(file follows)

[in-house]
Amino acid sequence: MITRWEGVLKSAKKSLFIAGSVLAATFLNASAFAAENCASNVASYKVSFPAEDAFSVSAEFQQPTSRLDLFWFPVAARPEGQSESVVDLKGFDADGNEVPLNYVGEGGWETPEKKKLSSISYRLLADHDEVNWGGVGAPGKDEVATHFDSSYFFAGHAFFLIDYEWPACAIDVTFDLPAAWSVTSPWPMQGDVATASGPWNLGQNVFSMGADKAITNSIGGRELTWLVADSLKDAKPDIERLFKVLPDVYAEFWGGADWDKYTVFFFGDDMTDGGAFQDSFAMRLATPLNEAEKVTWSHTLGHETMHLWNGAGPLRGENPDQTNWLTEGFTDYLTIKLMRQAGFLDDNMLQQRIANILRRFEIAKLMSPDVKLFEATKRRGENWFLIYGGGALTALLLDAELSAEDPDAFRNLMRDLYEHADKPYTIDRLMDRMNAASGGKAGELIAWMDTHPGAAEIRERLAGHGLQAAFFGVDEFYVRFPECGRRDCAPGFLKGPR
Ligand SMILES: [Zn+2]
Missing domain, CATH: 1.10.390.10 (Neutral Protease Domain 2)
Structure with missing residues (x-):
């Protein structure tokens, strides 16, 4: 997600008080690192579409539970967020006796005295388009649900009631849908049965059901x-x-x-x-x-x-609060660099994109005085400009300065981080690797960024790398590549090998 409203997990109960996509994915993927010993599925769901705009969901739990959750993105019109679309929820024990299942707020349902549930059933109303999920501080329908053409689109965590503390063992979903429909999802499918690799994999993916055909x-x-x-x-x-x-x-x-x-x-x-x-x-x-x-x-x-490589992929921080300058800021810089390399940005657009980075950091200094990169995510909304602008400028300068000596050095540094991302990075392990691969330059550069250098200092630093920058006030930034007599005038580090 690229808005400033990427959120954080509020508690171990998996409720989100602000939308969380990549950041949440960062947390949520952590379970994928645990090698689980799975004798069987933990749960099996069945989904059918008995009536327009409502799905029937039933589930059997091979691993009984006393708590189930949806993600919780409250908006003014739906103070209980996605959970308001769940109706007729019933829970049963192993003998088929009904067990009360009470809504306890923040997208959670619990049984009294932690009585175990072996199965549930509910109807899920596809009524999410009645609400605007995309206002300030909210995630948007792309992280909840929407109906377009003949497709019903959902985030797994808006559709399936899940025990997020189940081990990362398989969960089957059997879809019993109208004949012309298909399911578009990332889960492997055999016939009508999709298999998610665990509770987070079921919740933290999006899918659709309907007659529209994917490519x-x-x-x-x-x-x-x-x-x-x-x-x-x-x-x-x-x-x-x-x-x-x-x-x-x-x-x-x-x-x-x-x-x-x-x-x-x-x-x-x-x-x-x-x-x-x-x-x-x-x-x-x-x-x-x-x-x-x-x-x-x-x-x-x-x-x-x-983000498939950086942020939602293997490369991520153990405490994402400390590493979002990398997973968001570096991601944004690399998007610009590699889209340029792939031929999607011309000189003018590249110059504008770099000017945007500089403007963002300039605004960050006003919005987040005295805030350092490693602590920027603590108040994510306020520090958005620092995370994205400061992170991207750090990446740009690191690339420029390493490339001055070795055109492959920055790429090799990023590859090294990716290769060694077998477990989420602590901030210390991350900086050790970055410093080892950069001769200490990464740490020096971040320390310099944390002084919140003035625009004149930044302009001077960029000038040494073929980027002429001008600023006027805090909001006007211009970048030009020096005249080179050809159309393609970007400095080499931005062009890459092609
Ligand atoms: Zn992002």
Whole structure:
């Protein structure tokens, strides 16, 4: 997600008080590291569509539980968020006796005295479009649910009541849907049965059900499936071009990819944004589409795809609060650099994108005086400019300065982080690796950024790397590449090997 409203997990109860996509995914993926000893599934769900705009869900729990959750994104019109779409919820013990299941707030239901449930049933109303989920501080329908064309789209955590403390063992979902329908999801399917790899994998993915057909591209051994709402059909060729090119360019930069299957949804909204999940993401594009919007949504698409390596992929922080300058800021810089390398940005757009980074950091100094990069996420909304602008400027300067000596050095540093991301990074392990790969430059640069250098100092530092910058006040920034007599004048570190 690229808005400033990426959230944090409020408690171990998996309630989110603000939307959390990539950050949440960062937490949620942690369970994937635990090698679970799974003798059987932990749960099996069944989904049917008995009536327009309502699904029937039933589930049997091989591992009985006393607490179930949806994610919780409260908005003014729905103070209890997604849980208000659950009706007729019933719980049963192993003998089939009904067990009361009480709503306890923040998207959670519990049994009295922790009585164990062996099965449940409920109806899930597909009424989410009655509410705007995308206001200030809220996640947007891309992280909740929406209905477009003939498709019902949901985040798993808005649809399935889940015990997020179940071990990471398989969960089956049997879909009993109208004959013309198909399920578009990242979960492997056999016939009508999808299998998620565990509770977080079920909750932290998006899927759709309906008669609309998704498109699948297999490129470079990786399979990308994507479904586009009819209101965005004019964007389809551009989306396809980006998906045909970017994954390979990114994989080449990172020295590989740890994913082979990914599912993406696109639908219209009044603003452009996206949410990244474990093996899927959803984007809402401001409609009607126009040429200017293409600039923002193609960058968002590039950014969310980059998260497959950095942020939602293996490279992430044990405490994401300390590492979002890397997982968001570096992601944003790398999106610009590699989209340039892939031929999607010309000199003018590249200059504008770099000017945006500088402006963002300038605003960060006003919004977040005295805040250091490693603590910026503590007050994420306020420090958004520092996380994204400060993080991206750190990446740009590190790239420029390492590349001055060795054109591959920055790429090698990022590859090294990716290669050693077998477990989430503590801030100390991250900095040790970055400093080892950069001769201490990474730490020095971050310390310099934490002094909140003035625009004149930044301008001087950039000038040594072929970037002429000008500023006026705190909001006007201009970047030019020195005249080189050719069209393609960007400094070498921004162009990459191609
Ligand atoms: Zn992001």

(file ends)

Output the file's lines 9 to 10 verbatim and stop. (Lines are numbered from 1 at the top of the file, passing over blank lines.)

């Protein structure tokens, strides 16, 4: 997600008080590291569509539980968020006796005295479009649910009541849907049965059900499936071009990819944004589409795809609060650099994108005086400019300065982080690796950024790397590449090997 409203997990109860996509995914993926000893599934769900705009869900729990959750994104019109779409919820013990299941707030239901449930049933109303989920501080329908064309789209955590403390063992979902329908999801399917790899994998993915057909591209051994709402059909060729090119360019930069299957949804909204999940993401594009919007949504698409390596992929922080300058800021810089390398940005757009980074950091100094990069996420909304602008400027300067000596050095540093991301990074392990790969430059640069250098100092530092910058006040920034007599004048570190 690229808005400033990426959230944090409020408690171990998996309630989110603000939307959390990539950050949440960062937490949620942690369970994937635990090698679970799974003798059987932990749960099996069944989904049917008995009536327009309502699904029937039933589930049997091989591992009985006393607490179930949806994610919780409260908005003014729905103070209890997604849980208000659950009706007729019933719980049963192993003998089939009904067990009361009480709503306890923040998207959670519990049994009295922790009585164990062996099965449940409920109806899930597909009424989410009655509410705007995308206001200030809220996640947007891309992280909740929406209905477009003939498709019902949901985040798993808005649809399935889940015990997020179940071990990471398989969960089956049997879909009993109208004959013309198909399920578009990242979960492997056999016939009508999808299998998620565990509770977080079920909750932290998006899927759709309906008669609309998704498109699948297999490129470079990786399979990308994507479904586009009819209101965005004019964007389809551009989306396809980006998906045909970017994954390979990114994989080449990172020295590989740890994913082979990914599912993406696109639908219209009044603003452009996206949410990244474990093996899927959803984007809402401001409609009607126009040429200017293409600039923002193609960058968002590039950014969310980059998260497959950095942020939602293996490279992430044990405490994401300390590492979002890397997982968001570096992601944003790398999106610009590699989209340039892939031929999607010309000199003018590249200059504008770099000017945006500088402006963002300038605003960060006003919004977040005295805040250091490693603590910026503590007050994420306020420090958004520092996380994204400060993080991206750190990446740009590190790239420029390492590349001055060795054109591959920055790429090698990022590859090294990716290669050693077998477990989430503590801030100390991250900095040790970055400093080892950069001769201490990474730490020095971050310390310099934490002094909140003035625009004149930044301008001087950039000038040594072929970037002429000008500023006026705190909001006007201009970047030019020195005249080189050719069209393609960007400094070498921004162009990459191609
Ligand atoms: Zn992001």